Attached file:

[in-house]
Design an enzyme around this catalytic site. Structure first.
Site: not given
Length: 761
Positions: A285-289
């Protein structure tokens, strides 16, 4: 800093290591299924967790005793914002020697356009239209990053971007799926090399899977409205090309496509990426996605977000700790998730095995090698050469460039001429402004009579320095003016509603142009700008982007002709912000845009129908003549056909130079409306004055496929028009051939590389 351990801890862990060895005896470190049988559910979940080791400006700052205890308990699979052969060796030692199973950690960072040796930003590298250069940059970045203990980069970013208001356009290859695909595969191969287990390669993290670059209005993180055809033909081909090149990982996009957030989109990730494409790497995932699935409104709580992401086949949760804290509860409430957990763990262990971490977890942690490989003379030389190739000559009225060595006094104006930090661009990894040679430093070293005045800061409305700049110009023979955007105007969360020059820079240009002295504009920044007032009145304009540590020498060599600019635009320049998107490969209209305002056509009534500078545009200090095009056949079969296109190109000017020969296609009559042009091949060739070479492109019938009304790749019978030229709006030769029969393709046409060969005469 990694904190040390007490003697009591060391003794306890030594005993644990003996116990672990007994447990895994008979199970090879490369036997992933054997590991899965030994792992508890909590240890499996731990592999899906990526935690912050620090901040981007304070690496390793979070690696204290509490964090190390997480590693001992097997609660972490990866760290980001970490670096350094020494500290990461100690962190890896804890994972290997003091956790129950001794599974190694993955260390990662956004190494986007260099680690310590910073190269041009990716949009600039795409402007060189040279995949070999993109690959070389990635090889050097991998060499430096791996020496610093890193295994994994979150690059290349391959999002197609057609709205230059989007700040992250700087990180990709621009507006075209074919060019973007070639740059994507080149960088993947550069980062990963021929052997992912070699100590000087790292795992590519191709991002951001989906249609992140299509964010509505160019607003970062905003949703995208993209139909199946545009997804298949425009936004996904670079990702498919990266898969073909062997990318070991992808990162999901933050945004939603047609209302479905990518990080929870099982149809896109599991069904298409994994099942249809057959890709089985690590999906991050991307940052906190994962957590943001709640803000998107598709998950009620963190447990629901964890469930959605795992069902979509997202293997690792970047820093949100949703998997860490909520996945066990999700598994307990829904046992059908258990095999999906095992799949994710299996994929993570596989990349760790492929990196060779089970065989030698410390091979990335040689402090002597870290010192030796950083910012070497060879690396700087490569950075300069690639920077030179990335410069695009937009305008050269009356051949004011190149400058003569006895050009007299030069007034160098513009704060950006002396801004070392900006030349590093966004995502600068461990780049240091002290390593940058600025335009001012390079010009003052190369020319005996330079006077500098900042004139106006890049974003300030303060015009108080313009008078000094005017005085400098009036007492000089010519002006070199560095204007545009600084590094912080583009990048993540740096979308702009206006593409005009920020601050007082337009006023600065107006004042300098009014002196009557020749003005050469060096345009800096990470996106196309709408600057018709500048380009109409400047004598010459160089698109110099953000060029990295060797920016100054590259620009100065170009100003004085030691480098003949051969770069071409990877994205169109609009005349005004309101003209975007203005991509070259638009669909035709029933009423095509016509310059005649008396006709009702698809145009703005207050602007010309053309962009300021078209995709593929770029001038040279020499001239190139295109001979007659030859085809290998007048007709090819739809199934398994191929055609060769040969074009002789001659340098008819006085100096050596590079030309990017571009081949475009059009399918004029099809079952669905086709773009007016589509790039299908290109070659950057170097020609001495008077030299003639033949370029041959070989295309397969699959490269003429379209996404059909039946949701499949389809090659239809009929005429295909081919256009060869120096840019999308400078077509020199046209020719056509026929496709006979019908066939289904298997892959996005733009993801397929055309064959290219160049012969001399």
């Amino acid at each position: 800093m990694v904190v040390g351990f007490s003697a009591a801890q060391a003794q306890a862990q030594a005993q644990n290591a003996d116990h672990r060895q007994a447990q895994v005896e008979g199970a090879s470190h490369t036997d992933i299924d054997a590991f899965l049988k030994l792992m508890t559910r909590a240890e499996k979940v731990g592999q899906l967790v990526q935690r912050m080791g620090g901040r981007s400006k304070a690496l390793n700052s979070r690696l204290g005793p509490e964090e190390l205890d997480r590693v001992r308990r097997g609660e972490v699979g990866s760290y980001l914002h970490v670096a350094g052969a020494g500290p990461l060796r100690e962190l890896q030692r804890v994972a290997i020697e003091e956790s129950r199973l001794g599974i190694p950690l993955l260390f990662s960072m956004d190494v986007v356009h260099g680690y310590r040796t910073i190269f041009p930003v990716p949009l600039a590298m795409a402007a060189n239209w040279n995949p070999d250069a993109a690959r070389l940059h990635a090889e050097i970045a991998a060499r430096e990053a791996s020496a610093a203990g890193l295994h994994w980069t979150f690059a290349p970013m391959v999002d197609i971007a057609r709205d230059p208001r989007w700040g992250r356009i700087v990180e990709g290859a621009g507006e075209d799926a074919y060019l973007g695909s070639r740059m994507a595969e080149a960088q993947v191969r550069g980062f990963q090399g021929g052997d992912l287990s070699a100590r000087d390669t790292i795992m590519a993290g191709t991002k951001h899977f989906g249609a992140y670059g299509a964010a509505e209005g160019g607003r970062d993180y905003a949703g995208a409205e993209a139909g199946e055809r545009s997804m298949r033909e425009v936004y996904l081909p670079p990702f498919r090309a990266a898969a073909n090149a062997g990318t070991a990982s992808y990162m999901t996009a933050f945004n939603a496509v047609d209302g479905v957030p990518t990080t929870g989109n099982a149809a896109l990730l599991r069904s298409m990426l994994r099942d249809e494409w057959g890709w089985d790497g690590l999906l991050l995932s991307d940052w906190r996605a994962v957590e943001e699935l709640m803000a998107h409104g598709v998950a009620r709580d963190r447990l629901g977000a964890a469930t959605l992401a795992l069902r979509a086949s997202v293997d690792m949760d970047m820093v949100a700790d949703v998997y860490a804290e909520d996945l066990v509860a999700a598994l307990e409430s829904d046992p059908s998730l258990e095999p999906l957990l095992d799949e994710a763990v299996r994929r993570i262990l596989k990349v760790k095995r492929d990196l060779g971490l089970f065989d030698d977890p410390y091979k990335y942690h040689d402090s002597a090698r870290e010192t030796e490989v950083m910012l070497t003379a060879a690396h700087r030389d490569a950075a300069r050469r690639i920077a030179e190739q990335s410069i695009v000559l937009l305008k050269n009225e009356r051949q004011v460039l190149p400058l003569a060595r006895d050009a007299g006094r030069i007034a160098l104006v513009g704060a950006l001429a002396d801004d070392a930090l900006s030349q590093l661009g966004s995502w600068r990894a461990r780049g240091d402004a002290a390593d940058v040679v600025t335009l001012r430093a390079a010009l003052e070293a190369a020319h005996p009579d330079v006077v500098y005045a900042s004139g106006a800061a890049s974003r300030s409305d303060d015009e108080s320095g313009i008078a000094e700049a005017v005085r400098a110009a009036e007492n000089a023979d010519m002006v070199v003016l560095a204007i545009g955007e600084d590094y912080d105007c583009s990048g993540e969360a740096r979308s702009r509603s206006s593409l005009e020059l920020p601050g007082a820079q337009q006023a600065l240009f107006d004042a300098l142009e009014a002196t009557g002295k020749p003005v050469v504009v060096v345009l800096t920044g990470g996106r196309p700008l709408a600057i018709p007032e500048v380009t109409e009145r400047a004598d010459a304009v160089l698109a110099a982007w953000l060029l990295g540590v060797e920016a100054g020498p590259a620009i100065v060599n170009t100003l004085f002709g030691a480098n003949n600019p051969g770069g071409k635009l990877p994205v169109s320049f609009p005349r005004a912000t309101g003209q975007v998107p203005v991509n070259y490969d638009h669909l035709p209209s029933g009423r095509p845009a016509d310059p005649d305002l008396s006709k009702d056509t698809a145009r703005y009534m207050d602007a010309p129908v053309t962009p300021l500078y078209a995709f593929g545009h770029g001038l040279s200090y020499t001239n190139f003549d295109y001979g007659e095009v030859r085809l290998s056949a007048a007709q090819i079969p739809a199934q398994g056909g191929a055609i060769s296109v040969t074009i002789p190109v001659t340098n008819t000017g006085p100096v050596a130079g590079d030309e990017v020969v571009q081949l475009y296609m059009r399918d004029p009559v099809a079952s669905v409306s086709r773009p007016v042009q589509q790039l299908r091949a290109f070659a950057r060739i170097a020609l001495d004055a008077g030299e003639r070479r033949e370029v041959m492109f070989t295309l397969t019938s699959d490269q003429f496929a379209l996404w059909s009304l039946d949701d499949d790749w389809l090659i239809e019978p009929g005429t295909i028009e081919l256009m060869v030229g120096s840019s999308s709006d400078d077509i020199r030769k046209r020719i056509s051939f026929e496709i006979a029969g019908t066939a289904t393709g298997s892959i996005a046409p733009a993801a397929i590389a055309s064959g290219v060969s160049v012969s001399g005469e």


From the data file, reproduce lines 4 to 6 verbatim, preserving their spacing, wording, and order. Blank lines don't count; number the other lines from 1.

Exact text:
Length: 761
Positions: A285-289
């Protein structure tokens, strides 16, 4: 800093290591299924967790005793914002020697356009239209990053971007799926090399899977409205090309496509990426996605977000700790998730095995090698050469460039001429402004009579320095003016509603142009700008982007002709912000845009129908003549056909130079409306004055496929028009051939590389 351990801890862990060895005896470190049988559910979940080791400006700052205890308990699979052969060796030692199973950690960072040796930003590298250069940059970045203990980069970013208001356009290859695909595969191969287990390669993290670059209005993180055809033909081909090149990982996009957030989109990730494409790497995932699935409104709580992401086949949760804290509860409430957990763990262990971490977890942690490989003379030389190739000559009225060595006094104006930090661009990894040679430093070293005045800061409305700049110009023979955007105007969360020059820079240009002295504009920044007032009145304009540590020498060599600019635009320049998107490969209209305002056509009534500078545009200090095009056949079969296109190109000017020969296609009559042009091949060739070479492109019938009304790749019978030229709006030769029969393709046409060969005469 990694904190040390007490003697009591060391003794306890030594005993644990003996116990672990007994447990895994008979199970090879490369036997992933054997590991899965030994792992508890909590240890499996731990592999899906990526935690912050620090901040981007304070690496390793979070690696204290509490964090190390997480590693001992097997609660972490990866760290980001970490670096350094020494500290990461100690962190890896804890994972290997003091956790129950001794599974190694993955260390990662956004190494986007260099680690310590910073190269041009990716949009600039795409402007060189040279995949070999993109690959070389990635090889050097991998060499430096791996020496610093890193295994994994979150690059290349391959999002197609057609709205230059989007700040992250700087990180990709621009507006075209074919060019973007070639740059994507080149960088993947550069980062990963021929052997992912070699100590000087790292795992590519191709991002951001989906249609992140299509964010509505160019607003970062905003949703995208993209139909199946545009997804298949425009936004996904670079990702498919990266898969073909062997990318070991992808990162999901933050945004939603047609209302479905990518990080929870099982149809896109599991069904298409994994099942249809057959890709089985690590999906991050991307940052906190994962957590943001709640803000998107598709998950009620963190447990629901964890469930959605795992069902979509997202293997690792970047820093949100949703998997860490909520996945066990999700598994307990829904046992059908258990095999999906095992799949994710299996994929993570596989990349760790492929990196060779089970065989030698410390091979990335040689402090002597870290010192030796950083910012070497060879690396700087490569950075300069690639920077030179990335410069695009937009305008050269009356051949004011190149400058003569006895050009007299030069007034160098513009704060950006002396801004070392900006030349590093966004995502600068461990780049240091002290390593940058600025335009001012390079010009003052190369020319005996330079006077500098900042004139106006890049974003300030303060015009108080313009008078000094005017005085400098009036007492000089010519002006070199560095204007545009600084590094912080583009990048993540740096979308702009206006593409005009920020601050007082337009006023600065107006004042300098009014002196009557020749003005050469060096345009800096990470996106196309709408600057018709500048380009109409400047004598010459160089698109110099953000060029990295060797920016100054590259620009100065170009100003004085030691480098003949051969770069071409990877994205169109609009005349005004309101003209975007203005991509070259638009669909035709029933009423095509016509310059005649008396006709009702698809145009703005207050602007010309053309962009300021078209995709593929770029001038040279020499001239190139295109001979007659030859085809290998007048007709090819739809199934398994191929055609060769040969074009002789001659340098008819006085100096050596590079030309990017571009081949475009059009399918004029099809079952669905086709773009007016589509790039299908290109070659950057170097020609001495008077030299003639033949370029041959070989295309397969699959490269003429379209996404059909039946949701499949389809090659239809009929005429295909081919256009060869120096840019999308400078077509020199046209020719056509026929496709006979019908066939289904298997892959996005733009993801397929055309064959290219160049012969001399």